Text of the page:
Chants and drum beats echoed off the faceless, stone buildings of Whitehall on Saturday as several thousand marched past the seat of Britain's democratic government to highlight Burma's plight.
Monks led the way past Parliament
Led by about a dozen monks, sober-faced and swathed in their saffron robes, protesters of all ages yelled: "What do we want? Democracy. When do we want it? Now".
Big Ben tolled midday as they crossed Westminster Bridge and curious tourists stopped with mobile phones to capture the spectacle of banners and red headbands.
"No more bloodshed. Free Aung San Suu Kyi," read the Amnesty International banners. Others proclaimed "Security Council Action Now".
The London event was one of many planned for around the world, including rallies in Austria, Australia, Belgium, Canada, France, India, the Irish Republic, New Zealand, Norway, South Korea, Spain, Thailand and the US.
Howard Nguyen, 57, originally from Vietnam, marching with his family, said: "We are here supporting democracy in Burma. They have a very much suppressive government and we want to add our voice to protect the people there.
"People round the world must put pressure on the Burmese government. If we do nothing then the Burmese government will have a free hand."
A row of police walked in front of the march, with others lining the route from Pimlico to Trafalgar Square - more to keep the traffic lanes clear than to keep the demonstrators in line.
One policewoman even helped a young boy tie his red ribbon, the colour of the Burmese flag, round his head.
Photographers were scattered everywhere, using the tricks of the trade to get the perfect shot - lying on the road, clambering up convenient walls, perched on statues.
It was in contrast to the images of the Burmese crackdown which had to be taken secretively and smuggled out of the country as media was prevented from freely reporting the events of the past few days.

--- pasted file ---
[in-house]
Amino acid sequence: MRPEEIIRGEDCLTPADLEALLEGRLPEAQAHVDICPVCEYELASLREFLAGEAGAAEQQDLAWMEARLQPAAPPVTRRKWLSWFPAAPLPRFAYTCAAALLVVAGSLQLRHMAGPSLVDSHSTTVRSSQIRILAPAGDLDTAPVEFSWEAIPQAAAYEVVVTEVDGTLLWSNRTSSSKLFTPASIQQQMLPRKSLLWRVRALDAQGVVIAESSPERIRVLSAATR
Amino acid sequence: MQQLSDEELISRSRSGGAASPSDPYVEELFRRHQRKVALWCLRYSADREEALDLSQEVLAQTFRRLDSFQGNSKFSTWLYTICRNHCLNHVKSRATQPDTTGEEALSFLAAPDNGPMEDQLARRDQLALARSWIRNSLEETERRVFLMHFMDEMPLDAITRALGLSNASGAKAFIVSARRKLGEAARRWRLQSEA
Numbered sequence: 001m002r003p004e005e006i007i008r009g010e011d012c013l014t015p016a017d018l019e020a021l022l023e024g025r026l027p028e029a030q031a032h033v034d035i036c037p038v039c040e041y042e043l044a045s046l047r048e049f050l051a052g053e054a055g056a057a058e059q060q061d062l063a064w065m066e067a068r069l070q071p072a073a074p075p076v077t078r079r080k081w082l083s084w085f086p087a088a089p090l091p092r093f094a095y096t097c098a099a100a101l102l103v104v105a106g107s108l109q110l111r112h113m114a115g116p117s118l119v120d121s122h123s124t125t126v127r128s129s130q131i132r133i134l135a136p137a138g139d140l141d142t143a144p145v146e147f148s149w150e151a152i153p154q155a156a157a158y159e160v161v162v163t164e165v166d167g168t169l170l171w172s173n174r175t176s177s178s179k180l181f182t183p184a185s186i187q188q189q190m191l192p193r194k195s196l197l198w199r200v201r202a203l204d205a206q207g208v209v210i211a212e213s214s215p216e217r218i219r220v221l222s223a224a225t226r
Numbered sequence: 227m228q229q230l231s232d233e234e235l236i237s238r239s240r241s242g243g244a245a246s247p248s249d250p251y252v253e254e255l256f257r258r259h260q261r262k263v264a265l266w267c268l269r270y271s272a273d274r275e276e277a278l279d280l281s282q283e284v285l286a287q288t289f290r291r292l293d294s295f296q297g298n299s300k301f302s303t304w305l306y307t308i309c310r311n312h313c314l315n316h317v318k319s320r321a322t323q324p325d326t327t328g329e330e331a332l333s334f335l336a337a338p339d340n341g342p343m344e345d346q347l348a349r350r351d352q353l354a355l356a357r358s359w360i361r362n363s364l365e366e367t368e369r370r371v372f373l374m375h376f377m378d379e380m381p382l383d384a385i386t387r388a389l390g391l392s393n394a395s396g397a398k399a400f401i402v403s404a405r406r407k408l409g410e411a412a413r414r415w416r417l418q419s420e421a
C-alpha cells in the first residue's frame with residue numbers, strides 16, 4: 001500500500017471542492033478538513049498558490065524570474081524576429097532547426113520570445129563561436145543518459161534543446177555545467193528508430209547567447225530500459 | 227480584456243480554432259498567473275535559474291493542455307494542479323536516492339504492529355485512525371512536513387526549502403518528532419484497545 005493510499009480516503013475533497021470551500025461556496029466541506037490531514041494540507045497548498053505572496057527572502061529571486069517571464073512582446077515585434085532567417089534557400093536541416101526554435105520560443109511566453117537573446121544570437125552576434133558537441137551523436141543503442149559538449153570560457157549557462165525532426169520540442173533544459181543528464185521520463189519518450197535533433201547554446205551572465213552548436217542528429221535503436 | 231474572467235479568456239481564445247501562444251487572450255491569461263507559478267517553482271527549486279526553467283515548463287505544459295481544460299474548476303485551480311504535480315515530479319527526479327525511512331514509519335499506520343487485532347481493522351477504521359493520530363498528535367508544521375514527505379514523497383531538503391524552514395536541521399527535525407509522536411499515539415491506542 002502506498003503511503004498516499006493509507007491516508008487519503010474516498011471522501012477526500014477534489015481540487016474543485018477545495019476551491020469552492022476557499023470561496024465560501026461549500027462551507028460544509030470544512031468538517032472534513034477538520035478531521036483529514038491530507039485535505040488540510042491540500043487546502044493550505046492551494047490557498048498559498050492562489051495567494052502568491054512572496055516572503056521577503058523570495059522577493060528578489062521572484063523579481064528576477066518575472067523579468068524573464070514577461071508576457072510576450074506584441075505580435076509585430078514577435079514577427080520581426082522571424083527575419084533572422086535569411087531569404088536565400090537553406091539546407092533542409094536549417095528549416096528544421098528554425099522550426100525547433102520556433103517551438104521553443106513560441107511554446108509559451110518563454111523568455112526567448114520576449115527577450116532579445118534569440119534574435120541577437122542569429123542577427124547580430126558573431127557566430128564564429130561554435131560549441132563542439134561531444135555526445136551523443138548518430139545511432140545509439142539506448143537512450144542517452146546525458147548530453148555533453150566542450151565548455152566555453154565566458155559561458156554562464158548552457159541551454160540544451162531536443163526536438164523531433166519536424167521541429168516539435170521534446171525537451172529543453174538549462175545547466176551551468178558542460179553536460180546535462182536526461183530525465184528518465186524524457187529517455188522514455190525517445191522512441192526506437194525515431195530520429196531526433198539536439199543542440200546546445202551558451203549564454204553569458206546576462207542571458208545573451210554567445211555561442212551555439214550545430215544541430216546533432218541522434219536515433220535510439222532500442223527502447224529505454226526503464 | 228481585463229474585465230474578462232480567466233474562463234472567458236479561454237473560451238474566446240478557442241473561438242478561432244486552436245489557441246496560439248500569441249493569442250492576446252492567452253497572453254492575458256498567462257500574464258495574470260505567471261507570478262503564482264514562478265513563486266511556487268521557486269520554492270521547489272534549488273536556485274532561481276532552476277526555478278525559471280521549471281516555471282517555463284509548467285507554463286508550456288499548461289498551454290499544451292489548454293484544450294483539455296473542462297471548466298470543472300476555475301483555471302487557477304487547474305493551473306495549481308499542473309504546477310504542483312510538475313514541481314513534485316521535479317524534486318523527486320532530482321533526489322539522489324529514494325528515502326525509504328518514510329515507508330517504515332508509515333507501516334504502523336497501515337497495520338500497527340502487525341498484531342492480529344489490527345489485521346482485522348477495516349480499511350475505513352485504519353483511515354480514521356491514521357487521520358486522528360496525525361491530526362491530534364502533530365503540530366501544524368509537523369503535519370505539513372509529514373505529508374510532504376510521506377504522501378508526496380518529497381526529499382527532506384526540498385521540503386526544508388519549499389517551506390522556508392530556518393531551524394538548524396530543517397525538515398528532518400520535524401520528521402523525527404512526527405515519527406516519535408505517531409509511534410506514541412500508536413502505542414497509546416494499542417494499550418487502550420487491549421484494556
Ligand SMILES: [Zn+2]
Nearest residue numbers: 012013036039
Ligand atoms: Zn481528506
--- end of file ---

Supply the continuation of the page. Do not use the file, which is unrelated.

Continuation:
The junta cracked down on pro-democracy protests, with at least 10 people killed, but UN special envoy Ibrahim Gambari said he feared the real death toll could be much higher.
He said there was great concern over reports of night-time raids, arbitrary arrests, mass relocations and beatings.
For Mark, carrying his four-year-old daughter Molly on his shoulders, the images had spurred him to join the protest. "I saw some horrific images on TV and we just wanted to show our support," he said as Molly waved a home-made banner saying "Down with the junta".
Monks tied red ribbons on the Downing St gates
The march paused briefly outside Downing St to allow the monks to tie red cloth around the bars of the gates to the prime minister's residence. The crowd clapped as the monks continued on their way.
Standing in Trafalgar Square, Jo Lee Morrison cries as she explains why she has marched.
"This is really emotional for me. It has been too long since anyone has cared for the Burmese people. Now that people are looking we have to do something, and show solidarity with them."
Her interest in Burma was sparked five years ago when she lived on the Thai border with Burma, teaching English to Burmese refugees.
"I hope this march will show activists in Burma that we care and will keep putting pressure on western governments and China and India.
"Bringing democracy to Burma won't happen in an afternoon - there needs to be big geopolitical changes."
Wiping away tears, she says: "It's like Aung San Suu Kyi said: 'Please use your liberty to promote ours'."
Her friend, Sylvia Rowley, hopes the visible presence in London will at least maintain the issue high on news bulletins. "At the very least it will make this happen," pointing to her placard which states "Don't forget Burma".